FBI Releases Documents from Hillary Clinton Email Investigation

     (CN) — Redacted notes released by the FBI on Friday show that Hillary Clinton did not specifically ask for permission to use a private email server, trusted staffers’ judgment about emails they sent her, and was unclear about a classification marking on a confidential message.
     FBI Director James Comey said in July that Clinton should not face criminal charges for her email practices as secretary of state, but called her habits and those of her staff “extremely careless.”
     The documents released Friday include details about her private email server, in the basement of her home in Chappaqua, N.Y.
     Notes about a July 2 interview with Clinton reveal that “she did not explicitly request permission to use a private server or email address,” and no one in the State Department raised concerns about her private email server.
     “Clinton did not recall receiving any emails she thought should not be on an unclassified system,” the notes state. “She relied on State [Department] officials to use their judgment when emailing her and could not recall anyone raising concerns with her regarding the sensitive of the information she received at her email address.”
     Parts of the notes referring to specific emails are heavily redacted.
     The Democratic presidential nominee told investigators that she did not recall getting guidance from the State Department about email policies that were outlined in a foreign affairs manual.
     “Clinton advised everyone at State knew she had a private email address because it was displayed to anyone with whom she exchanged emails,” the notes state.
     At least 100 State Department employees had Clinton’s email address, she told the FBI.
     “Clinton’s practice was to email State staff at their state.gov accounts, but would sometimes send email to a staff member’s personal account if state.gov was down,” the agency’s notes say.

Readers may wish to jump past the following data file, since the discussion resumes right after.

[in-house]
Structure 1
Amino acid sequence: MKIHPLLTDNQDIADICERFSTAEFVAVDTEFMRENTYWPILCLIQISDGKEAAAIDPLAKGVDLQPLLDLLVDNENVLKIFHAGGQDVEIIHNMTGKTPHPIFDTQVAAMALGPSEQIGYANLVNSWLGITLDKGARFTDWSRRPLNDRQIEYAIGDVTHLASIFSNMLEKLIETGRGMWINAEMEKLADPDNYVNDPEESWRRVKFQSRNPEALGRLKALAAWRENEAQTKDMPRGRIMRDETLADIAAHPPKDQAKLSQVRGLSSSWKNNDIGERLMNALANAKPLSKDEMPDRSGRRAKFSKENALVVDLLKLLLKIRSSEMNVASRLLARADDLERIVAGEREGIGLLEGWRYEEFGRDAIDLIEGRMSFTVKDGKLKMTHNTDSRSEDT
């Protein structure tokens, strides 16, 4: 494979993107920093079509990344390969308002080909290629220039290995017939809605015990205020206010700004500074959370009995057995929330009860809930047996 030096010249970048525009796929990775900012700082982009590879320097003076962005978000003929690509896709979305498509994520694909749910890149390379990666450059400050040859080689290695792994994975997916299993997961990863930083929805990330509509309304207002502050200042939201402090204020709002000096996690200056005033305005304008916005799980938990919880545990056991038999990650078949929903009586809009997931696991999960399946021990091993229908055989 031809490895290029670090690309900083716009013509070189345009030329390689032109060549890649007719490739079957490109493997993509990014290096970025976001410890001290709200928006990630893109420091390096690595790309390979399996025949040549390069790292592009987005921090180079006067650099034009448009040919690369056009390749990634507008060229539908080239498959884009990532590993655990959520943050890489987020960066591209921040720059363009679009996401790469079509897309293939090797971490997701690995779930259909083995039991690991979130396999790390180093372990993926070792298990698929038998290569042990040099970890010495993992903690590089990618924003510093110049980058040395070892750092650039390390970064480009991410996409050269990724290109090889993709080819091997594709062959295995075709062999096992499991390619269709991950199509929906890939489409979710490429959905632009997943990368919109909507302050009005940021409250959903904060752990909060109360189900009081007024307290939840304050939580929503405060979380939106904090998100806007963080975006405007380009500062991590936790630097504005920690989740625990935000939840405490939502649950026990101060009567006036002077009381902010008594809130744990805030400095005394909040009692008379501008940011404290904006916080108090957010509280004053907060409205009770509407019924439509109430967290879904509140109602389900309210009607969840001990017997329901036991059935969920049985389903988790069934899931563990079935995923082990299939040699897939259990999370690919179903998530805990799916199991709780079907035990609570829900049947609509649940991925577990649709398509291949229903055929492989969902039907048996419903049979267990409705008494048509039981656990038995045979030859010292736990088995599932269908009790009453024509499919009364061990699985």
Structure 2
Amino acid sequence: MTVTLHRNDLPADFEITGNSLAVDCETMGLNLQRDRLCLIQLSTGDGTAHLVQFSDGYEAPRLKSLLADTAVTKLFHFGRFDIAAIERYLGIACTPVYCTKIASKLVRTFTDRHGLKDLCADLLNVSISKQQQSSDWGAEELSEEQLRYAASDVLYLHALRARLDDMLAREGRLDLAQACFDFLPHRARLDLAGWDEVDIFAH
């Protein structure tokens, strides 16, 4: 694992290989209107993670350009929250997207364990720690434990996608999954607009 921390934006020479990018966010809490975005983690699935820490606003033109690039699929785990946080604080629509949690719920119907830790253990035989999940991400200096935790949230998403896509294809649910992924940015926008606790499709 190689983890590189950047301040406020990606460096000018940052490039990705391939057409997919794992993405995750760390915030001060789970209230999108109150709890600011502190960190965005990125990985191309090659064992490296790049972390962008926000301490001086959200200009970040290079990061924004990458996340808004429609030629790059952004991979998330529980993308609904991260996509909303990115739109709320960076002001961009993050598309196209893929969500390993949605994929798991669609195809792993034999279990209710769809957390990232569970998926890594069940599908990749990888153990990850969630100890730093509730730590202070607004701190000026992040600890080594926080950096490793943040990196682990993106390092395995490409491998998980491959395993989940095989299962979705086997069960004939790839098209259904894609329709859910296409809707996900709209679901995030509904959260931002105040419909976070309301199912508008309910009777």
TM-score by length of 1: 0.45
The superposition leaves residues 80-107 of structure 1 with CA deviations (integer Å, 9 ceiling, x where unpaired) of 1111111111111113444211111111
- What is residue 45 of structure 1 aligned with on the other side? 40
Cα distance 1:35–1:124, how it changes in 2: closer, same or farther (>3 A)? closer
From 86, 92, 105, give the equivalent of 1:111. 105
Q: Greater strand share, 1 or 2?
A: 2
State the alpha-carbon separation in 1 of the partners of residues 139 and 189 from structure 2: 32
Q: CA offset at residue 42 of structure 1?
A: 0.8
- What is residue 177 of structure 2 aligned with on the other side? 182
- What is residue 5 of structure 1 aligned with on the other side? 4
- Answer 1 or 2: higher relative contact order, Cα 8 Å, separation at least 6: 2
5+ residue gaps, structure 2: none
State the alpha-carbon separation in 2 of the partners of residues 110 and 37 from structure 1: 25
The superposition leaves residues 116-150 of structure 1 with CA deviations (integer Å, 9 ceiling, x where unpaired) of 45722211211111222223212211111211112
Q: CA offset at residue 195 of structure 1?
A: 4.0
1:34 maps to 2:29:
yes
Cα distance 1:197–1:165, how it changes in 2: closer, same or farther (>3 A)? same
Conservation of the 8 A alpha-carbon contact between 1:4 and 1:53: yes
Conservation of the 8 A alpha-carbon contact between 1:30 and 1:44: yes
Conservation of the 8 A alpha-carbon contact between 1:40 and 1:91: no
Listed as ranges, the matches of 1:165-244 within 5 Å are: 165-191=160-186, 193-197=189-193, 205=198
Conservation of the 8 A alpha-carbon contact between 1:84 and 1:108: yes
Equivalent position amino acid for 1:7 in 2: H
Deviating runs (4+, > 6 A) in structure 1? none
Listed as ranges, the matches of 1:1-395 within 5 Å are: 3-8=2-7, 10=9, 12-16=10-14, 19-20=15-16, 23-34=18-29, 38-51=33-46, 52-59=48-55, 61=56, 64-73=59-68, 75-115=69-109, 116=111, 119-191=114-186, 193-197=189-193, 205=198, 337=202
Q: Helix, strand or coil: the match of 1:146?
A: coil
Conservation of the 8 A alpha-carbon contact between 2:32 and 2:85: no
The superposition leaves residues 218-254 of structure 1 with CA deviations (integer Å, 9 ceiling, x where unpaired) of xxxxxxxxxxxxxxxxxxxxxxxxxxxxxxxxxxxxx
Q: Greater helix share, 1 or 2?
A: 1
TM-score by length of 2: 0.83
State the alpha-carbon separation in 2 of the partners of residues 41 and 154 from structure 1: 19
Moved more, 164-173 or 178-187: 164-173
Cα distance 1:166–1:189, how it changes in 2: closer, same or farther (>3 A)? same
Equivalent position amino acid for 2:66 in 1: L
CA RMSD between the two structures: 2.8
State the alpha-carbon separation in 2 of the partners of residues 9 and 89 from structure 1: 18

After reviewing an April 9, 2012 email, Clinton told investigators that she did not know what a parenthetical “C” meant before a paragraph in the email. That email had been marked “confidential,” the lowest level of classification.
     “When asked of her knowledge regarding top secret, secret and confidential classification levels of U.S. government information, Clinton responded that she did not pay attention to the ‘level’ of classified information and took all classified information seriously,” the FBI notes state.
     The FBI recommended against prosecuting Clinton this summer, and the Justice Department closed its investigation into her email practices.
     Comey called Clinton’s handling of classified emails during her tenure as secretary of state “extremely careless” but not worthy of criminal charges.
     “All the [similar] cases prosecuted involved some combination of clearly intentional and willful mishandling of classified information or vast quantities of information exposed in such a way as to support an inference of intentional misconduct or indications of disloyalty to the U.S. or efforts of obstruction of justice,” Comey said in July. “We do not see those things here.”
     With no evidence that any work-related emails were intentionally deleted, Comey said it is the FBI’s assessment that Clinton “like many email users … periodically deleted emails or emails were purged when devices were changed.”

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